Thursday, January 10, 2008

Make “Financial Fitness” Your Goal for 2008

(ARA) - When the New Year’s parties are over and the rich foods and gooey desserts have been put away, most of us start thinking about getting our bodies back in shape. But how “fit” are the other parts of your life -- such as your finances -- for the year ahead?
“The key to financial fitness is preparation. Whether preparing for retirement, college for your children, a dream vacation home or even the unexpected, everybody needs to take time each year to reexamine what they’re doing and the progress they’re making in order to reach those milestones,” says Christopher Pinkerton, senior vice president, North American sales and marketing for Foresters, a leading fraternal benefit society that assists people in achieving financial security.

Here are some easy ways to put together a financial fitness plan so you’re better prepared monetarily for the days and months to come.

Saving Money

It’s a new year and a new opportunity to examine your expenses, spending and savings habits. Start the year right by creating a month-by-month budget, setting a savings goal and projecting your financial needs.

A good rule of thumb is to set aside three to six months of salary for unexpected events such as a job loss, major car repairs or large medical bills. In addition to preparing for the unexpected, identify ‘known expenses’ that are coming up such as college costs, a new home, new car or a new addition to the family, and build them into your budget. Give yourself adequate time to save for these expenses a little each month. Before you know it you won’t even feel as if you’re saving and you’ll be a step ahead.
Taxes

They’re definitely something you can count on year after year. Review the withholding on your paycheck and adjust it if necessary. Take time to gather and sort out your receipts from the past year to identify tax deductions. While you’re at it, set up an organized system to keep track of receipts for next year, so you don’t misplace something and miss out on any deductions moving forward. And speaking of deductions, this is also a good time to determine which charitable contributions you made in the previous year, and which ones you plan to make in the coming year.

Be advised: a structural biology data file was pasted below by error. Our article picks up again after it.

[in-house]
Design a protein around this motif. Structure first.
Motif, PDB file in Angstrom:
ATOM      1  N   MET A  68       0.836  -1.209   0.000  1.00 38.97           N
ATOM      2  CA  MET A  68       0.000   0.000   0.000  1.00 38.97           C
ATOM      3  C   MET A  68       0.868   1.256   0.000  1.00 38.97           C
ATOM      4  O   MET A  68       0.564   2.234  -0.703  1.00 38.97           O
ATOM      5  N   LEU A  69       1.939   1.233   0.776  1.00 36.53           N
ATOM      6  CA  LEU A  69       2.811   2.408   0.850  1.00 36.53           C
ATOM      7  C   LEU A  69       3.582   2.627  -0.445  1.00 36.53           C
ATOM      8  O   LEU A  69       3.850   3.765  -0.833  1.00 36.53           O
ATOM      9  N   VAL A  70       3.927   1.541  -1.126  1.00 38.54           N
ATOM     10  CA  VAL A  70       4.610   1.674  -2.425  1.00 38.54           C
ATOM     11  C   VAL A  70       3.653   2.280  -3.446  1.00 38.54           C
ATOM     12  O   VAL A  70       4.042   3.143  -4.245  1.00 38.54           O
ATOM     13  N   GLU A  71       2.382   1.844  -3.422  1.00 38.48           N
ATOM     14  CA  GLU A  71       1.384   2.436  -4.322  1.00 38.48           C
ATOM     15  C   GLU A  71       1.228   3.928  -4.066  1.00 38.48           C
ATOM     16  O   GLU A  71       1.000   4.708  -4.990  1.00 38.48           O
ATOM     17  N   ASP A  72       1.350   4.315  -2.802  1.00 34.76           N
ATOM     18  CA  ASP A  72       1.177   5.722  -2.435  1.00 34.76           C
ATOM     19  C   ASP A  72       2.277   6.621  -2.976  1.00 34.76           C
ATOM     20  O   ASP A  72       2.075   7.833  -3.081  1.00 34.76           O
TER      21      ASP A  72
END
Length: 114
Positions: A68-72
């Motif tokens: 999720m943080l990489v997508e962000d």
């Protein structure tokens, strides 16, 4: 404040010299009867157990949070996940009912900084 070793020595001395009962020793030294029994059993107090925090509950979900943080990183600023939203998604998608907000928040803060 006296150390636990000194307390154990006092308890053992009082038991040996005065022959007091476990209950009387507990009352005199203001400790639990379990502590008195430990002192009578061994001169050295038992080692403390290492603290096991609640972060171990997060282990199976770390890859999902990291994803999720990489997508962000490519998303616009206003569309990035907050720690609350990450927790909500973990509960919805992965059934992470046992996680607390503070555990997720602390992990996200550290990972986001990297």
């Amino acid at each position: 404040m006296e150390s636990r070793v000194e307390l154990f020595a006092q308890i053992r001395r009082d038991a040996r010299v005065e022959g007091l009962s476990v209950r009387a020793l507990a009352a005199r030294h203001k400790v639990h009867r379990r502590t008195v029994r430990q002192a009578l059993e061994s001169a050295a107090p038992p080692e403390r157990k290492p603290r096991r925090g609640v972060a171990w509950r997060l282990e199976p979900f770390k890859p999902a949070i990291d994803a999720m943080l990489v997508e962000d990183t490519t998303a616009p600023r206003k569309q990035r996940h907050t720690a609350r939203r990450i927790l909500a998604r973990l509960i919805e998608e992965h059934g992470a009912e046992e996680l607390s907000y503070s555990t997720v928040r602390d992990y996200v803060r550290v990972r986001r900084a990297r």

Retirement

Review the status of your 401(k), IRA and pension plan. If appropriate and consistent with your savings goals, sign up for any automatic increases offered through your employer. Take note of your retirement plan status at this stage of your life -- are you on track for growth, or is it time for an investment change? Even periodic small changes can have a big impact on your ability to build strength through investments.

Also, review your spouse’s retirement plan, and agree on a plan for building wealth. Determine a strategy that allows you to increase your contributions during the good times as well as make changes during challenging times. For example, mark your calendar to review your investment performance with a financial advisor each quarter.

Estate Planning

The need for this may seem like a long way off, but it’s a good idea to plan for your family’s financial security. Do you have a will, trust or health care directive? If so, review the beneficiary designations to make sure the plans reflect your current wishes. Ensure that you have a guardian named for your children, and that you’ve outlined how your assets will be transferred.

Also at this time, consider whether there will be significant tax consequences for your survivors, who has title to what property and who will oversee your estate plan. If you don’t yet have these items in place, an estate planning professional can help you sort things out, saving your family added complications upon your death. Your family will appreciate your forethought and be comforted by knowing that you made plans for them.

Life Insurance

An important step in financial fitness is financial security, and life insurance can be the backbone of financial security.

Remember, life insurance is the piece of the puzzle that makes sure your family can keep the house, send the kids to college or sustain the family’s livelihood if there’s a loss of one or both income providers. Some life insurance products can also provide savings and investment options for a home, a family bequest or a dream vacation.

“At the start of a new year, many people resolve to re-evaluate their investments or bump up their 401(k) contributions. However, as your life changes so will your life insurance needs. Be sure to check the beneficiaries. And consult with a life insurance representative on a regular basis to help you determine if you have the coverage that fits your needs,” says Pinkerton.

Conventional wisdom recommends households should carry anywhere between two to 10 times your annual income in life insurance. If you don’t have a life insurance policy -- or any of the other financial plans mentioned above -- now is the time to get those parts of your life in shape. With the help of qualified professional advisors, you can put a financial fitness plan in place and prepare both you and your loved ones for the future.

Courtesy of ARAcontent

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